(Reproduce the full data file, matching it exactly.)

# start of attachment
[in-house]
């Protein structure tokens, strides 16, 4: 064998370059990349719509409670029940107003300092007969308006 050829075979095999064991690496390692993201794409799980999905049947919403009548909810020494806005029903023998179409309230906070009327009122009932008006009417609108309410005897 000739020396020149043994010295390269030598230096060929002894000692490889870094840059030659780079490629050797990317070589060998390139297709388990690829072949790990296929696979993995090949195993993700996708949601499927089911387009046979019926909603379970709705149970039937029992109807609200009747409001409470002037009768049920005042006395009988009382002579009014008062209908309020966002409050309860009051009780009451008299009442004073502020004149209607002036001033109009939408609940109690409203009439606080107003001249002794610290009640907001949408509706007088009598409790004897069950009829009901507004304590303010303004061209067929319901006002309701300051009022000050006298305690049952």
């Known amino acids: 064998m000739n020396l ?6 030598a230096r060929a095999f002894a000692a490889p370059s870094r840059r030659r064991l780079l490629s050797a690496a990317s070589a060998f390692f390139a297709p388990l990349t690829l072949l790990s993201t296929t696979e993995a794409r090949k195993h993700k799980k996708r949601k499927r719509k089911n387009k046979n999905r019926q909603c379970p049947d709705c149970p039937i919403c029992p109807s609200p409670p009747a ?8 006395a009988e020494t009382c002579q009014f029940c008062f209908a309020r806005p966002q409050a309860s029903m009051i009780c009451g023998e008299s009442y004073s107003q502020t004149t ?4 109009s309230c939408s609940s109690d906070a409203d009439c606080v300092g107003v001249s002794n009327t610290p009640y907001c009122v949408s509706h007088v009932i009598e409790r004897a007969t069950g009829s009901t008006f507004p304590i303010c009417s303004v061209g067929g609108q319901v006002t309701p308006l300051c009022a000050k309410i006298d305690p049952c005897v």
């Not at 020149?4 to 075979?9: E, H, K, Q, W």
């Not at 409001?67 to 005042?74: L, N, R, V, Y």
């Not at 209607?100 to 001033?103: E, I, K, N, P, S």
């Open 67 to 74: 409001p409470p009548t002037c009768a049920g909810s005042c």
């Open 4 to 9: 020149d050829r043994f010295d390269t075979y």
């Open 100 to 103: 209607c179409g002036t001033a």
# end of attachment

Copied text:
[in-house]
């Protein structure tokens, strides 16, 4: 064998370059990349719509409670029940107003300092007969308006 050829075979095999064991690496390692993201794409799980999905049947919403009548909810020494806005029903023998179409309230906070009327009122009932008006009417609108309410005897 000739020396020149043994010295390269030598230096060929002894000692490889870094840059030659780079490629050797990317070589060998390139297709388990690829072949790990296929696979993995090949195993993700996708949601499927089911387009046979019926909603379970709705149970039937029992109807609200009747409001409470002037009768049920005042006395009988009382002579009014008062209908309020966002409050309860009051009780009451008299009442004073502020004149209607002036001033109009939408609940109690409203009439606080107003001249002794610290009640907001949408509706007088009598409790004897069950009829009901507004304590303010303004061209067929319901006002309701300051009022000050006298305690049952």
């Known amino acids: 064998m000739n020396l ?6 030598a230096r060929a095999f002894a000692a490889p370059s870094r840059r030659r064991l780079l490629s050797a690496a990317s070589a060998f390692f390139a297709p388990l990349t690829l072949l790990s993201t296929t696979e993995a794409r090949k195993h993700k799980k996708r949601k499927r719509k089911n387009k046979n999905r019926q909603c379970p049947d709705c149970p039937i919403c029992p109807s609200p409670p009747a ?8 006395a009988e020494t009382c002579q009014f029940c008062f209908a309020r806005p966002q409050a309860s029903m009051i009780c009451g023998e008299s009442y004073s107003q502020t004149t ?4 109009s309230c939408s609940s109690d906070a409203d009439c606080v300092g107003v001249s002794n009327t610290p009640y907001c009122v949408s509706h007088v009932i009598e409790r004897a007969t069950g009829s009901t008006f507004p304590i303010c009417s303004v061209g067929g609108q319901v006002t309701p308006l300051c009022a000050k309410i006298d305690p049952c005897v």
């Not at 020149?4 to 075979?9: E, H, K, Q, W």
């Not at 409001?67 to 005042?74: L, N, R, V, Y």
């Not at 209607?100 to 001033?103: E, I, K, N, P, S």
């Open 67 to 74: 409001p409470p009548t002037c009768a049920g909810s005042c």
């Open 4 to 9: 020149d050829r043994f010295d390269t075979y």
């Open 100 to 103: 209607c179409g002036t001033a």